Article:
2. To determine the economic costs and benefits of perennial pigeon pea/sorghum in Northern Uganda 3. To determine the market demand opportunities and preferences for perennial crops in Northern Uganda
4. Ecosystem services from perennial agriculture farming (map/value??)

How did you come across the RLC doctoral programme and why did you apply for it?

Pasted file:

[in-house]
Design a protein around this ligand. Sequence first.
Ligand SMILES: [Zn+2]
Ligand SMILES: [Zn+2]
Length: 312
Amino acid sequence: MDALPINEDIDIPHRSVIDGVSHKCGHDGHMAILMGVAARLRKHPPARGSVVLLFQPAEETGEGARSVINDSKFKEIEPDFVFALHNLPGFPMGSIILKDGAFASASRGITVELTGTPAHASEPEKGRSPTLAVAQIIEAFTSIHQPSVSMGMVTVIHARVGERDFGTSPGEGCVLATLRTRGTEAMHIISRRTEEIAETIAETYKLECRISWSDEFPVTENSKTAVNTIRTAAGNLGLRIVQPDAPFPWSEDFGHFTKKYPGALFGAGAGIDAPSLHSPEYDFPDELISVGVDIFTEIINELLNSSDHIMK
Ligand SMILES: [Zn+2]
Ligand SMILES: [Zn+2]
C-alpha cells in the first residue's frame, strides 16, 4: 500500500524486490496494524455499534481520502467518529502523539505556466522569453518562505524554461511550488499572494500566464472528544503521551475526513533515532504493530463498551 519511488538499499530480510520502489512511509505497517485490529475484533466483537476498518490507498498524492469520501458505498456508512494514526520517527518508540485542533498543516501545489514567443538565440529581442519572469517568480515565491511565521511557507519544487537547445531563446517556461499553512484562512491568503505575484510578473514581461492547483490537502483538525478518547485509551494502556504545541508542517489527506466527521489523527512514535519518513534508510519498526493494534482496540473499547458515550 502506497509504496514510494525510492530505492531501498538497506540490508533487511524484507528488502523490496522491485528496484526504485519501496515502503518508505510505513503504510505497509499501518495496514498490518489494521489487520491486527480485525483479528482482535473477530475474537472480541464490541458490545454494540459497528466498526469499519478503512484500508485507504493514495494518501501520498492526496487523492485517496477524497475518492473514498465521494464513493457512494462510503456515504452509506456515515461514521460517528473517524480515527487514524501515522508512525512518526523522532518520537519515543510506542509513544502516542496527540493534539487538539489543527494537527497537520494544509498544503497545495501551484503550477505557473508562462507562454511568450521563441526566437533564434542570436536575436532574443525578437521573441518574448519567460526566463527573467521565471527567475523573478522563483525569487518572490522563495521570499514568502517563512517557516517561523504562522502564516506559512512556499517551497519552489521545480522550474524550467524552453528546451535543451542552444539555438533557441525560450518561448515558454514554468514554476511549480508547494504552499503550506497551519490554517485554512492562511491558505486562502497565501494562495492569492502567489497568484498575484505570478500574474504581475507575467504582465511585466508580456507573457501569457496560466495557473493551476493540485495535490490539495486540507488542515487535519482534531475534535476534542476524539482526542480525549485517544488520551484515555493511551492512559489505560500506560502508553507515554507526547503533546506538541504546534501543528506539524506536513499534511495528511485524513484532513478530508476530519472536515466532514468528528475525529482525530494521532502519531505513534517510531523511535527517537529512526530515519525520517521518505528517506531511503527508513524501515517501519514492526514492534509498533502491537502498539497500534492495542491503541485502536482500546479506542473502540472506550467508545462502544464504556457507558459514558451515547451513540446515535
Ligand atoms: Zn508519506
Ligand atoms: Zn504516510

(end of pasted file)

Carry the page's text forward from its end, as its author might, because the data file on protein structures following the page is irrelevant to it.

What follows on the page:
I was contacted in Uganda by a colleague when this position was advertised early this year. I worked on the application package, submitted and went through the interview process successfully. I applied for this position because it aims to address key agricultural development challenges that smallholder farmers in Sub-Saharan Africa are currently facing: issues of increasing food production ecologically without damaging the natural resources for future generations. The current agricultural methods are described as Modern Extractive Agriculture (MEA) which is environmentally and ecologically unsustainable. If farmers change their cropping methods from annual to perennial, they will have several social, economic and ecological benefits. In addition, my previous M.Sc. research focused on adoption of Conservation Agriculture Practices among smallholder farmers in Uganda and Kenya which is also related to this project. The aims of RLC for training changemakers inspired me to apply as its one of my long-term goals to carry out research that impacts rural livelihoods. The RLC scholarship aims at connecting young researchers with Right Livelihood Award Laureates.